Colorado Misdemeanor and Felony Theft Laws

Learn about Colorado's criminal and civil penalties for theft.

Under Colorado law, theft occurs when a person “knowingly obtains or exercises control over" anything of value (such as property or services) belonging to another, by deception or without the owner's permission, and intends to deprive the owner permanently of the property

(Colo. Rev. Stat. § 18-4-401 (2020).)

Colorado law also identifies several specific types of theft, including:

  • theft of trade secrets
  • aggravated motor vehicle theft
  • theft of medical records
  • theft by resale of ski lift ticket or coupon
  • theft of sound recordings
  • theft of cable television services, and
  • theft of public transportation services.

This article will provide an overview of the general theft statutes involving theft of property or services. Be sure to check the state code for information on specific theft offenses. (Colo. Rev. Stat. tit. 18, art. 4 (2020).)

Classification of Theft Offenses and Punishment

Like many states, Colorado law classifies theft as a misdemeanor or a felony, depending on the value of the items stolen. Below are the various levels of theft classified under Colorado law.

Misdemeanor and Petty Theft

Colorado has four levels of misdemeanor and petty theft. Below are the classifications based on the value of the property or services stolen.

Class 1 petty offense. Value of property or services stolen is less than $50. The offender faces a maximum penalty of 6 months’ imprisonment, a $500 fine, or both.

Class 3 misdemeanor. Value of property or services stolen is $50 or more but less than $300. The offender faces a maximum penalty of 6 months’ imprisonment, a $750 fine, or both.

Class 2 misdemeanor. Value of property or services stolen is $300 or more but less than $750. The offender faces a maximum penalty of 364 days’ imprisonment, a $1,000 fine, or both.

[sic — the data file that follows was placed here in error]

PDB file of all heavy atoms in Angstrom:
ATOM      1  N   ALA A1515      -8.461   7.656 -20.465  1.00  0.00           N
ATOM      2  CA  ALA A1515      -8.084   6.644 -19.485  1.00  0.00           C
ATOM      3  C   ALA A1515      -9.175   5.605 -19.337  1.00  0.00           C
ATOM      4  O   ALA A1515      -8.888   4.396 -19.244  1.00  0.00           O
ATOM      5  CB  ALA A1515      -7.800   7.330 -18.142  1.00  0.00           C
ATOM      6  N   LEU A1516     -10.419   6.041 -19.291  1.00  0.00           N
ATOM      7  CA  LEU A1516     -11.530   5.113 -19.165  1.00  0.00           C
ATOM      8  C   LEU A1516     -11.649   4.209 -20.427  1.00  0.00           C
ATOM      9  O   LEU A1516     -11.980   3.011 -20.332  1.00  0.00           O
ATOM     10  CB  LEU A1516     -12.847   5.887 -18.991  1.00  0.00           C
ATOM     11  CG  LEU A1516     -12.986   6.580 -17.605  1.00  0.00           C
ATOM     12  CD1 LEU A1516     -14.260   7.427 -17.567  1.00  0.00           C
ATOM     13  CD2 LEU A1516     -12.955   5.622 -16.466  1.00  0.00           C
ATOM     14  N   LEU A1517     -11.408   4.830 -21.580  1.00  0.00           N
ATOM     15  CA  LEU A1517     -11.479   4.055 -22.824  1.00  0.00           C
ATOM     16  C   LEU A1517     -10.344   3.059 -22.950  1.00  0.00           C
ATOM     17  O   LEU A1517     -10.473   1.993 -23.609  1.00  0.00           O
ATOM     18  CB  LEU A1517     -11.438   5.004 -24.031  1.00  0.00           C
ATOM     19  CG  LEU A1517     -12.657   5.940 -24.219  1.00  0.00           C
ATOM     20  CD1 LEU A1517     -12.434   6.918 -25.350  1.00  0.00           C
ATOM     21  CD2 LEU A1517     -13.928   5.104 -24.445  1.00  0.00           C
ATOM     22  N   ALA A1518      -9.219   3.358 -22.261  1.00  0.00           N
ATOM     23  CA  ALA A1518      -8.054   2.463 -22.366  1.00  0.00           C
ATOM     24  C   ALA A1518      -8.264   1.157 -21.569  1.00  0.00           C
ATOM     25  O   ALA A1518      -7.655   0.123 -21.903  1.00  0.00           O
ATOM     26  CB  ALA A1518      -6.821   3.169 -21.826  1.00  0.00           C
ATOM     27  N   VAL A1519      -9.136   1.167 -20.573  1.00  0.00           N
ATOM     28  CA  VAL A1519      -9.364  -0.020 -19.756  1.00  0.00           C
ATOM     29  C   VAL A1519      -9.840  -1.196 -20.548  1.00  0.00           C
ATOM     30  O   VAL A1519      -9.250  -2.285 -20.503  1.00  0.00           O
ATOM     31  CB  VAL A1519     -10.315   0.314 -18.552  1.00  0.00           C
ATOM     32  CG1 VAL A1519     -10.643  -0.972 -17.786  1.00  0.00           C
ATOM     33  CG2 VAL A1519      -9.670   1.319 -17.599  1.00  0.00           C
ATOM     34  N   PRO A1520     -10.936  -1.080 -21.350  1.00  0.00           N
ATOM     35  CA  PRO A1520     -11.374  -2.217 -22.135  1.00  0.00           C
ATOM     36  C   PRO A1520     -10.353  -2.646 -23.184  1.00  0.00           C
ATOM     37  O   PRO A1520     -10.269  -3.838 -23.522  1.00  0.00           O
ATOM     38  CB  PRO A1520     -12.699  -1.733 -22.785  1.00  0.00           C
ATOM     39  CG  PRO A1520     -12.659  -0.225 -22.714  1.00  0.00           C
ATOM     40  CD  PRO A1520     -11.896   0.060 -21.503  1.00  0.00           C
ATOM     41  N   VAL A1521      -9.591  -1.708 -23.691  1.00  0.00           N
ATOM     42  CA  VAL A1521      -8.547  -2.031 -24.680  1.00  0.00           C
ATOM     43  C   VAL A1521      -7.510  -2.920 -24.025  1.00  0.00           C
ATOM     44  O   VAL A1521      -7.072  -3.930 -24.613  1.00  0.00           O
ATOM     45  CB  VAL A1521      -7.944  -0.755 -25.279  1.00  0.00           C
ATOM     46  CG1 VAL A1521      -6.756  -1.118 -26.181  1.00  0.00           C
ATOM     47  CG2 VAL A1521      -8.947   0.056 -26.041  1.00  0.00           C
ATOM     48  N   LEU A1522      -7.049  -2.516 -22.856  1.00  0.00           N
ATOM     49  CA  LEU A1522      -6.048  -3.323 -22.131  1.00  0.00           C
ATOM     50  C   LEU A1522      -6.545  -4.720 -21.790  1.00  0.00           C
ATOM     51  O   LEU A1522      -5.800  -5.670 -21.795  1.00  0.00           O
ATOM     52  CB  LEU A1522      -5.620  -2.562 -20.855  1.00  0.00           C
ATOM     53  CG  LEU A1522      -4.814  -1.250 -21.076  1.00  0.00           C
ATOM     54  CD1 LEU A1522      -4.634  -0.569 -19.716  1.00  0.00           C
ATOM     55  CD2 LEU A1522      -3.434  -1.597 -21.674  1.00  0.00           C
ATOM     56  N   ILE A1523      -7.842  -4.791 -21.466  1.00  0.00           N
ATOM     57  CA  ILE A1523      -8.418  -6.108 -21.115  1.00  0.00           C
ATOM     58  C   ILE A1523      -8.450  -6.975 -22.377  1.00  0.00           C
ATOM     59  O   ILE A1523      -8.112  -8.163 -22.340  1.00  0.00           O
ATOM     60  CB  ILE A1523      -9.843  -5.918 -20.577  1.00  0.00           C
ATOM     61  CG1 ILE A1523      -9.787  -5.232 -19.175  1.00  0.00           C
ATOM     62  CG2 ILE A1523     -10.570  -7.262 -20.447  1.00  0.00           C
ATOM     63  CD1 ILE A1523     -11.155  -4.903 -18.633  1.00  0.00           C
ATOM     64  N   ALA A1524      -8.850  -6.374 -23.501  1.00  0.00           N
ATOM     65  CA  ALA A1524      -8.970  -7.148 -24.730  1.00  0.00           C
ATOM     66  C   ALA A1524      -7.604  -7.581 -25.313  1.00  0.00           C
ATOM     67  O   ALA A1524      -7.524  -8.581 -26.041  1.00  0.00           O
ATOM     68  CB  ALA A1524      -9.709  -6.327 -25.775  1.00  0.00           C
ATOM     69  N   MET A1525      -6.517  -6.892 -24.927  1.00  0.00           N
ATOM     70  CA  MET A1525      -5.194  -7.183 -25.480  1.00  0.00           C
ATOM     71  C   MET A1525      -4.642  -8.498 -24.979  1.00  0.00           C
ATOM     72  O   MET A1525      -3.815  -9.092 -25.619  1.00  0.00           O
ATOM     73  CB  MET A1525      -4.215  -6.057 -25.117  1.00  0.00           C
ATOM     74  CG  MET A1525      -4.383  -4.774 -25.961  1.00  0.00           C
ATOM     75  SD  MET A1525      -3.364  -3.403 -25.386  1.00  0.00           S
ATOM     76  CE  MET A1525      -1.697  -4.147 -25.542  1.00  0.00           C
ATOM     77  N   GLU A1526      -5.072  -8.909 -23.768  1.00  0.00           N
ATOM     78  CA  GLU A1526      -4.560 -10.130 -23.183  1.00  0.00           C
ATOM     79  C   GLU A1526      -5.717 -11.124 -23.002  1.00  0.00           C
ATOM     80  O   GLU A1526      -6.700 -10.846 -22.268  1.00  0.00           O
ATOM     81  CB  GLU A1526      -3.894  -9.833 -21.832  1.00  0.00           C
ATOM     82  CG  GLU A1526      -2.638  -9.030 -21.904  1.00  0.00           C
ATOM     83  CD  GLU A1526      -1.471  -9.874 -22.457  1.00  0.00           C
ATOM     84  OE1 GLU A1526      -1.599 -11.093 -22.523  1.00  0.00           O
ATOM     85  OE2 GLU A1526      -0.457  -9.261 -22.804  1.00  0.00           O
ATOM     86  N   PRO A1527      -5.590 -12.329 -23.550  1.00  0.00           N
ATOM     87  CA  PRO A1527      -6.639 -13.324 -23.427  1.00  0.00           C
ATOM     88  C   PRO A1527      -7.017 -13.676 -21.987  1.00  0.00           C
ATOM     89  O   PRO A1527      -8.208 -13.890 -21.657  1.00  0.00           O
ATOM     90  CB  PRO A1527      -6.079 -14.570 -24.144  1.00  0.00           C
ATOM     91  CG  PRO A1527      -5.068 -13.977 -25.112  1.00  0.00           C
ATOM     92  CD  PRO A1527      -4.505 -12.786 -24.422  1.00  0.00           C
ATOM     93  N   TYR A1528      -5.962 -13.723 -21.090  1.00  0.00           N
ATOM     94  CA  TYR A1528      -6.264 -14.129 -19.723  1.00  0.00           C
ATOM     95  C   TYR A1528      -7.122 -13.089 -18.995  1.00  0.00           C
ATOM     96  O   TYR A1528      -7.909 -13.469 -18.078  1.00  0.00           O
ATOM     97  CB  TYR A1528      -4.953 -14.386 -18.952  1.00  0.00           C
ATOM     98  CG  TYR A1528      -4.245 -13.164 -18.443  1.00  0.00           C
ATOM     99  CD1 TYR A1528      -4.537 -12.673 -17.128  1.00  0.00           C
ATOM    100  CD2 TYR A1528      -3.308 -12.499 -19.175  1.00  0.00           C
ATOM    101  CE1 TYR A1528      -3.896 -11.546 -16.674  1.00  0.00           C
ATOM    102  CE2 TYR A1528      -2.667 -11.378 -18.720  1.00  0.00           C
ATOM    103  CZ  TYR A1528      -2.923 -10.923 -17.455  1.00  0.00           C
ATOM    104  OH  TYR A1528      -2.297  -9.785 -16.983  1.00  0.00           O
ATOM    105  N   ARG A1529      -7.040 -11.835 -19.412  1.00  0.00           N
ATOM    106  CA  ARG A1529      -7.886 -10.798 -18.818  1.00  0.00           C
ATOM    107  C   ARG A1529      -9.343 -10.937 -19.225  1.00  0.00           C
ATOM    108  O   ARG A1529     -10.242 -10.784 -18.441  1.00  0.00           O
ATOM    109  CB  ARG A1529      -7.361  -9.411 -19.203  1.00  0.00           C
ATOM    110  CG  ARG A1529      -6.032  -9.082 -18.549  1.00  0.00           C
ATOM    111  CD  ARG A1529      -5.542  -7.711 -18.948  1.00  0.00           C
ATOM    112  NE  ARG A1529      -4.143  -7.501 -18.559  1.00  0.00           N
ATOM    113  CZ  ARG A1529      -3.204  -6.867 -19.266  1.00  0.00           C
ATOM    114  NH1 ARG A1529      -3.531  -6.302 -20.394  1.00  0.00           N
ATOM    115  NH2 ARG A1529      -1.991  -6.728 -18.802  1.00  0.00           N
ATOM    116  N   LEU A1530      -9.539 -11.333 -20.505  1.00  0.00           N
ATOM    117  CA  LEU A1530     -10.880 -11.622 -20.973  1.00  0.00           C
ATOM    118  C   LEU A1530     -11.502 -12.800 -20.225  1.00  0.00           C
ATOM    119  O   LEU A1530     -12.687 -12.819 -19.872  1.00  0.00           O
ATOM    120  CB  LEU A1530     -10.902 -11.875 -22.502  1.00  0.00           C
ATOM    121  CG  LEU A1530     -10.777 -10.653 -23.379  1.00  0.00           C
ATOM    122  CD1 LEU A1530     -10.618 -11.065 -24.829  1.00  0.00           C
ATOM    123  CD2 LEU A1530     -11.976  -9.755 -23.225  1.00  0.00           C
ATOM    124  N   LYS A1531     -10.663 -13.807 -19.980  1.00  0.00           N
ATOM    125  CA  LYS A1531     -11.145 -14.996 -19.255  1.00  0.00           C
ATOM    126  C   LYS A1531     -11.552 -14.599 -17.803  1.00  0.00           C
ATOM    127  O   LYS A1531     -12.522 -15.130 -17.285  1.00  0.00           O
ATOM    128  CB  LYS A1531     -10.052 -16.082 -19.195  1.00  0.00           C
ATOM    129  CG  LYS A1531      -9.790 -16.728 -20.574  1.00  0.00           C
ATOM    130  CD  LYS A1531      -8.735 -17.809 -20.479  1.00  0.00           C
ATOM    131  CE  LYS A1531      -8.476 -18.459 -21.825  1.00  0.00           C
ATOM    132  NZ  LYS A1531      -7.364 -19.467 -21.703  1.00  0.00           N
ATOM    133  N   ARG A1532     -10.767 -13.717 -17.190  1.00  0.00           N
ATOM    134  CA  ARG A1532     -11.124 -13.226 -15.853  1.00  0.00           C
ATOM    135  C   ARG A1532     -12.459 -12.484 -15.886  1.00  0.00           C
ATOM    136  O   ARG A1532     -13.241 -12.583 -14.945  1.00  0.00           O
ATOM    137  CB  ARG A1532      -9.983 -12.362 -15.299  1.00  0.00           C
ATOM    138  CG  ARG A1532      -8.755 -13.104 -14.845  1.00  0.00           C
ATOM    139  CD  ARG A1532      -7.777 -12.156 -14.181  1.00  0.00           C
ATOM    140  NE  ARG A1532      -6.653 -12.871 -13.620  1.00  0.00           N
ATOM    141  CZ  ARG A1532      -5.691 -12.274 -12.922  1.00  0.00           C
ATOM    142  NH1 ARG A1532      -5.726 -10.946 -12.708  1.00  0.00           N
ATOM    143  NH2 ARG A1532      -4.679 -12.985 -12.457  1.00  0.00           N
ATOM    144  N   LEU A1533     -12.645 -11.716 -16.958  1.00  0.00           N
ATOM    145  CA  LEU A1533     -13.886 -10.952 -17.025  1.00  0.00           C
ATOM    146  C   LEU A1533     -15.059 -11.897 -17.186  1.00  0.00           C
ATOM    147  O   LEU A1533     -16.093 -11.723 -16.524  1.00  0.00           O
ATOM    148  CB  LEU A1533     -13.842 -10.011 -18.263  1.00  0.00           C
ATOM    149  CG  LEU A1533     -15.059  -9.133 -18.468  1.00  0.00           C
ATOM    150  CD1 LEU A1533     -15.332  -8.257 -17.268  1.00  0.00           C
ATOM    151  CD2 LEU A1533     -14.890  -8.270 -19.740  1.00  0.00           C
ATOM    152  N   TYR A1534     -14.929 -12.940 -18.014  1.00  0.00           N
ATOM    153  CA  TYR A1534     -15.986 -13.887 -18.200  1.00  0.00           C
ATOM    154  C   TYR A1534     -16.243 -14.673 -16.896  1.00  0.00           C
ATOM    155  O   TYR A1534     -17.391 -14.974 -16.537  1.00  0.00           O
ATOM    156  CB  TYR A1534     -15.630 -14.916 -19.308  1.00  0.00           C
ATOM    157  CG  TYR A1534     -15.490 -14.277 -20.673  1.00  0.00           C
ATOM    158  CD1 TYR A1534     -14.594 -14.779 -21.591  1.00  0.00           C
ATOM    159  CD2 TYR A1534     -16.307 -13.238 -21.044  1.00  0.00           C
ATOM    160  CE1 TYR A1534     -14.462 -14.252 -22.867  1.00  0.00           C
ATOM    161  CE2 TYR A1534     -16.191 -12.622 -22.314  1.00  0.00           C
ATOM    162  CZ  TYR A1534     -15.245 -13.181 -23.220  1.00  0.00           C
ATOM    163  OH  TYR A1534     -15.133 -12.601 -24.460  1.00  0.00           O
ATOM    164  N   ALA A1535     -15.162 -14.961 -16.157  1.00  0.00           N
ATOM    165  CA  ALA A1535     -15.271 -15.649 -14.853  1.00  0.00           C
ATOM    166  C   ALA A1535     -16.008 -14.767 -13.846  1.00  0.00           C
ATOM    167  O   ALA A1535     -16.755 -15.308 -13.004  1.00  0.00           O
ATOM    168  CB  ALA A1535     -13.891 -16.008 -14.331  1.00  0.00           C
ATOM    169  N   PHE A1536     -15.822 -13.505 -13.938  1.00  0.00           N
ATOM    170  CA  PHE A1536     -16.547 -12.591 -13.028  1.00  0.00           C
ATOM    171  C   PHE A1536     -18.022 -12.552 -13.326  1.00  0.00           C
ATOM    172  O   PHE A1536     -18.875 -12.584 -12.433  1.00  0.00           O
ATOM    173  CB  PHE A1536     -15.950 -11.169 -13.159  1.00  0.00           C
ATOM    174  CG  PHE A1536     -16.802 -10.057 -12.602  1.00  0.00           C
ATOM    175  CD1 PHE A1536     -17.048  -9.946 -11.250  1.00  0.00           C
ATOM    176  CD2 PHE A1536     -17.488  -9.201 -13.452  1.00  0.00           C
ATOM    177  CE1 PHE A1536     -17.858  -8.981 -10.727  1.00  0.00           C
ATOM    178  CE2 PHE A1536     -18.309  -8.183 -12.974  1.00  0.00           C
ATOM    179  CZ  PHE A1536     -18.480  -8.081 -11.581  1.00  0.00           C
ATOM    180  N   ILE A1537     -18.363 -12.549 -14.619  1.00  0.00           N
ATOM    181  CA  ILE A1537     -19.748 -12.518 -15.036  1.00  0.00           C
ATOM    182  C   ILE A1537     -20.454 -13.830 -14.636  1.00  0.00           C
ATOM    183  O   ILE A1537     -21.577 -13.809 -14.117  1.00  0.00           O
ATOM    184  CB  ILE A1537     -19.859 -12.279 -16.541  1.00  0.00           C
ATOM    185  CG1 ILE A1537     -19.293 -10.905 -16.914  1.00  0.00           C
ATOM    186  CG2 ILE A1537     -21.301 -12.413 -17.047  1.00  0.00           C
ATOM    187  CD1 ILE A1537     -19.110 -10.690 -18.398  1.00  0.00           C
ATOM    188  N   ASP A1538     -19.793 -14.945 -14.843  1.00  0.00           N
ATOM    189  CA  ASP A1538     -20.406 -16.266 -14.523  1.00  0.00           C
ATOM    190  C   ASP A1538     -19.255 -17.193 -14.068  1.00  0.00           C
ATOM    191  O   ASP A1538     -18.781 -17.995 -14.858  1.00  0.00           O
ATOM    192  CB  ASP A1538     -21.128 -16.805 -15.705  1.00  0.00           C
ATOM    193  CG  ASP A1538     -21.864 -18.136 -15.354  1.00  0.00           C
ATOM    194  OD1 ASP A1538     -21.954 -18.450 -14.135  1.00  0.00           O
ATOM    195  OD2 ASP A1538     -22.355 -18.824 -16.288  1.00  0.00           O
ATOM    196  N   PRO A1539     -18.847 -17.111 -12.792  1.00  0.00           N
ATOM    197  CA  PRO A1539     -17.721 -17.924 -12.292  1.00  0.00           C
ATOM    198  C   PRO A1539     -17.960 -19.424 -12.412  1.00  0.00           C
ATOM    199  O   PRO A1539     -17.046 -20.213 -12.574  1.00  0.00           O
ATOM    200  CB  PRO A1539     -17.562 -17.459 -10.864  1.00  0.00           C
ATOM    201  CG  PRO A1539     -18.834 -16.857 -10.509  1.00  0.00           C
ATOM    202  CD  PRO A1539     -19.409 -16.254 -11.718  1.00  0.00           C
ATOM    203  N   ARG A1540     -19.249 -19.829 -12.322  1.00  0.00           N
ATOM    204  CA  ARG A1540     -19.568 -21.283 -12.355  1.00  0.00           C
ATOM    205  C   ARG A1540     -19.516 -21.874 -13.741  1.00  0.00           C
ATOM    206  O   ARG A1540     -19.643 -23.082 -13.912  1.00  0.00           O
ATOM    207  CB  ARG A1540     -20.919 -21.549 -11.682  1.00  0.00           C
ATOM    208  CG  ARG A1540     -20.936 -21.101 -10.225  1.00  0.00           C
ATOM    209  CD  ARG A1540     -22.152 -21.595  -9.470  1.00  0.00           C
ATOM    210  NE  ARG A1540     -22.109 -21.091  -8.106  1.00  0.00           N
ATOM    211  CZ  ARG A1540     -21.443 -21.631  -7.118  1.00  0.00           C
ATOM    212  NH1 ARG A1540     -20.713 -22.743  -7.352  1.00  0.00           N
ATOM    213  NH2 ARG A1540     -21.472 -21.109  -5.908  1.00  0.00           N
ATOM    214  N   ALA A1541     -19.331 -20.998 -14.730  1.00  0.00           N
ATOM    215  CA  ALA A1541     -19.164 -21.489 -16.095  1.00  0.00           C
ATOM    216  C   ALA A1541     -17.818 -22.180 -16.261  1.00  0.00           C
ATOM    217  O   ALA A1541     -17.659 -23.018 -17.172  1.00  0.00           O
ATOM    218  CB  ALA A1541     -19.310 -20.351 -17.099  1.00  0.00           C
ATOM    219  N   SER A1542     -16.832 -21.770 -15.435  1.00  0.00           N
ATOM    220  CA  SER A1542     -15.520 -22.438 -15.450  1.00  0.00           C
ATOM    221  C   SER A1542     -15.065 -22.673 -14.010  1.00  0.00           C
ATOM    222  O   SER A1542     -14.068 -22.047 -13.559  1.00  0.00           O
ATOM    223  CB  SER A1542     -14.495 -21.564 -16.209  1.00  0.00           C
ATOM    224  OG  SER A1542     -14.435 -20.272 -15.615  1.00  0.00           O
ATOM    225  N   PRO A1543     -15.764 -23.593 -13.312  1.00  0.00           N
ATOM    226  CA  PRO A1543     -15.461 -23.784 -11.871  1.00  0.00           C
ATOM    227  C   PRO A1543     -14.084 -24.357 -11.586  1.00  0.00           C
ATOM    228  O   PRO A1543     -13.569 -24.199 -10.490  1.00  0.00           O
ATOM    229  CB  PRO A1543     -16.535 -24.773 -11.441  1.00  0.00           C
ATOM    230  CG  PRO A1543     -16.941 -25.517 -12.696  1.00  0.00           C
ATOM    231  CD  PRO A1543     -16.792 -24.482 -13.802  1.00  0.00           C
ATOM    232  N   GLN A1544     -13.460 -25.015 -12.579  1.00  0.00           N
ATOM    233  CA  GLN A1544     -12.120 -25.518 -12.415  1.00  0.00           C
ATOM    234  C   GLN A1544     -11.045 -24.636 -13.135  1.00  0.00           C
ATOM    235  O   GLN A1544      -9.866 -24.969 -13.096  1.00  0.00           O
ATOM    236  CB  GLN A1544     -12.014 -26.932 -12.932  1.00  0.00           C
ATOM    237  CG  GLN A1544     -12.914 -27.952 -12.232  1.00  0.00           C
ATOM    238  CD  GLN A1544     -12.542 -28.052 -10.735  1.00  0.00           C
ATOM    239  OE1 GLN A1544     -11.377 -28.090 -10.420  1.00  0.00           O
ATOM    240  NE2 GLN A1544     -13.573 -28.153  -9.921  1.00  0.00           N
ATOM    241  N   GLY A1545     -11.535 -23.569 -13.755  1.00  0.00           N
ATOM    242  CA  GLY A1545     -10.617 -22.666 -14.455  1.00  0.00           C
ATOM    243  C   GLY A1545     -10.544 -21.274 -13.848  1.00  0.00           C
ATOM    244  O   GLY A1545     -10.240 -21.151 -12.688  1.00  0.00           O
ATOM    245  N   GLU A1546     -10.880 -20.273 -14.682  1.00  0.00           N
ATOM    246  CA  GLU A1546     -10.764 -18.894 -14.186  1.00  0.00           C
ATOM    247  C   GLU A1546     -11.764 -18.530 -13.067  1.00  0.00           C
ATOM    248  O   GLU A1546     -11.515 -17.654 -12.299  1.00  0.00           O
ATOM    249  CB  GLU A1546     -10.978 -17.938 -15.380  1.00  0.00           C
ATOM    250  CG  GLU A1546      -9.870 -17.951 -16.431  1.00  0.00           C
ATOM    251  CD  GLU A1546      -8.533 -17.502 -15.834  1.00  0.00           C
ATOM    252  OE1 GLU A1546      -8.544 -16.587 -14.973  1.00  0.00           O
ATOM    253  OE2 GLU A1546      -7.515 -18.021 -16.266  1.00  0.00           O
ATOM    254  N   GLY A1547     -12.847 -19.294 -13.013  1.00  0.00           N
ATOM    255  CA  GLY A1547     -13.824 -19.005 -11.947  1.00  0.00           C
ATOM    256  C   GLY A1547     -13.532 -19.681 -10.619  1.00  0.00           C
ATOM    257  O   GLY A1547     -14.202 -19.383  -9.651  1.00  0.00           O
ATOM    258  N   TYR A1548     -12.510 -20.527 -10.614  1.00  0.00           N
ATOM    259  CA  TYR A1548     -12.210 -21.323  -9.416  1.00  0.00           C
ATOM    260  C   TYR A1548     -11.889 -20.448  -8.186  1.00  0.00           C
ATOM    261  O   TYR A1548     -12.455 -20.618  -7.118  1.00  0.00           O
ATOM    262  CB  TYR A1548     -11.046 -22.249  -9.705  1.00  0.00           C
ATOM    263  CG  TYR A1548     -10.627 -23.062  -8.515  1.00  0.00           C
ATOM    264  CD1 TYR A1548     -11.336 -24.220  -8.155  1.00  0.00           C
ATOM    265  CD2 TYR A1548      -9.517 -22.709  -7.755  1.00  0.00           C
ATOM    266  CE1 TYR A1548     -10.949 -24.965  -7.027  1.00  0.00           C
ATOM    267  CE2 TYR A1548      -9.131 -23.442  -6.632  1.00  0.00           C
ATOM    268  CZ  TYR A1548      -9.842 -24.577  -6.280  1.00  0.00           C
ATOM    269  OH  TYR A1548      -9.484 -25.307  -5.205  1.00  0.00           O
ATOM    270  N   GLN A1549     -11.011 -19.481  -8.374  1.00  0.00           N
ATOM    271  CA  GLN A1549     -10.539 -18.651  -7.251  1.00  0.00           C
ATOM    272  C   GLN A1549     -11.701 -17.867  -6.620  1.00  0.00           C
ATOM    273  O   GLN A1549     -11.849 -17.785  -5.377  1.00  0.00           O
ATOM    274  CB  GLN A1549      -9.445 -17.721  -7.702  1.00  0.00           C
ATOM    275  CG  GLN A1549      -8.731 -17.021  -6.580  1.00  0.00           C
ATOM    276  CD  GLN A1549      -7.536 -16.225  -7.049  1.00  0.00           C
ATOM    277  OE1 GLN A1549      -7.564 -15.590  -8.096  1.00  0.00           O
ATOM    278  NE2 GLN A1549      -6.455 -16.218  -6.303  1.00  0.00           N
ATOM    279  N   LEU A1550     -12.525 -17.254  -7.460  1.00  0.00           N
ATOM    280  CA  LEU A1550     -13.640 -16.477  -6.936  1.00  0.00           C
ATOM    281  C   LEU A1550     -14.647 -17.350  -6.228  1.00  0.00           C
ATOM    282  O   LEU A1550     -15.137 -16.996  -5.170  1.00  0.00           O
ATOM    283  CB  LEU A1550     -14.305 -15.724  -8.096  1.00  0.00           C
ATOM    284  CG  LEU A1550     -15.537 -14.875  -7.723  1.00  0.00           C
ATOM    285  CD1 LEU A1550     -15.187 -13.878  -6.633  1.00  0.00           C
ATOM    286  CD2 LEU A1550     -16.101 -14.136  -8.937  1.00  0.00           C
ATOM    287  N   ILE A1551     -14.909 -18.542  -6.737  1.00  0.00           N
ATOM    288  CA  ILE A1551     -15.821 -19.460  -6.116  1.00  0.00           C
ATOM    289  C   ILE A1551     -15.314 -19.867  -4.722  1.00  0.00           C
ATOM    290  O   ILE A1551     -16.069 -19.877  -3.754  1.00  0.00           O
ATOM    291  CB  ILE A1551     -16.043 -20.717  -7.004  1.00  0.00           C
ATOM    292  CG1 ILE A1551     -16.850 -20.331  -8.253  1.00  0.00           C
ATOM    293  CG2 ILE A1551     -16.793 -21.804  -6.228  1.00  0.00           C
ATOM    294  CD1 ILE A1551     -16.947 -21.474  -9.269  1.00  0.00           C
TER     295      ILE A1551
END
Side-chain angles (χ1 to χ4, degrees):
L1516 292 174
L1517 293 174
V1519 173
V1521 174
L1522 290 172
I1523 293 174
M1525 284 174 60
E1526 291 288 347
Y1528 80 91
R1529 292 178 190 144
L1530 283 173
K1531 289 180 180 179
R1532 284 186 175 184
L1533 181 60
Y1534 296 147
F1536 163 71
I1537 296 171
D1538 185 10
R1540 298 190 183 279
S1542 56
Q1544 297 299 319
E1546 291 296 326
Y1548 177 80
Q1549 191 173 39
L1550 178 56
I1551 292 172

Class 1 misdemeanor. Value of property or services stolen is $750 or more but less than $2,000. The offender faces a maximum penalty of 18 months’ imprisonment, a $5,000 fine, or both.

Felony or Grand Theft

Colorado divides felony theft into five classifications based on the amount stolen.

Class 6 felony. Value of property or services stolen is $2,000 or more but less than $5,000. The offender faces a maximum penalty of 18 months’ imprisonment, a $100,000 fine, or both.

Class 5 felony. Value of property or services stolen is $5,000 or more but less than $20,000. The offender faces a maximum penalty of three years’ imprisonment, a $100,000 fine, or both.

Class 4 felony. Value of property or services stolen is $20,000 or more but less than $100,000. The offender faces a maximum penalty of six years’ imprisonment, a $500,000 fine, or both.

Class 3 felony. Value of property or services stolen is $100,000 or more but less than $1,000,000. The offender faces a maximum penalty of 12 years’ imprisonment, a $750,000 fine, or both.

Class 2 felony. Value of property or services stolen is $1,000,000 or more. The offender faces a maximum penalty of 24 years’ imprisonment, a $1,000,000 fine, or both.

(Colo. Rev. Stat. §§ 18-1.3-401, -501 (2020).)

Enhanced Penalties for Repeat Offenders

Colorado law increases the maximum possible sentence for habitual felons (repeat felony offenders).

Repeat felons. The enhancement depends on the felony classification of the current and prior offenses, the number of prior convictions, and the time period between convictions. Generally, a third-time felon faces a punishment up to three times the maximum sentence, and a fourth-time felon faces up to four times the maximum sentence.

Repeat shoplifter. Also, anyone convicted, within four years, of a third felony-level theft involving merchandise taken from a store must receive the minimum sentence term and is not be eligible for probation or a suspended sentence.

(Colo. Rev. Stat. § 18-1.3-801, 18-4-413 (2020).)

Shoplifting: Criminal and Civil Penalties

Many (if not all) states allow civil penalties in addition to criminal penalties for shoplifting offense. The civil penalties are meant to deter shoplifters and compensate store owners for the costs incurred to prevent and "prosecute" (sue) shoplifters.

In Colorado, criminal penalties for shoplifting fall under the penalties above for theft. Additionally, a person who commits shoplifting in Colorado (or the parent or legal guardian of a minor who commits shoplifting) can be held civilly liable to the store owner for actual damages, plus an additional penalty of from $100 to $250, payable to the store owner. (Colo. Rev. Stat. § 13-21-107.5 (2020).)

Talk to a Lawyer

If you've been charged with theft or shoplifting, speak with a criminal defense attorney as soon as possible. An attorney can help protect your rights, explain the criminal justice process, and evaluate and raise possible defenses. Even if you're charged with petty or misdemeanor theft, you might want to consult with an attorney. A criminal theft record can impact your ability down the road to get a job, housing, or loan.

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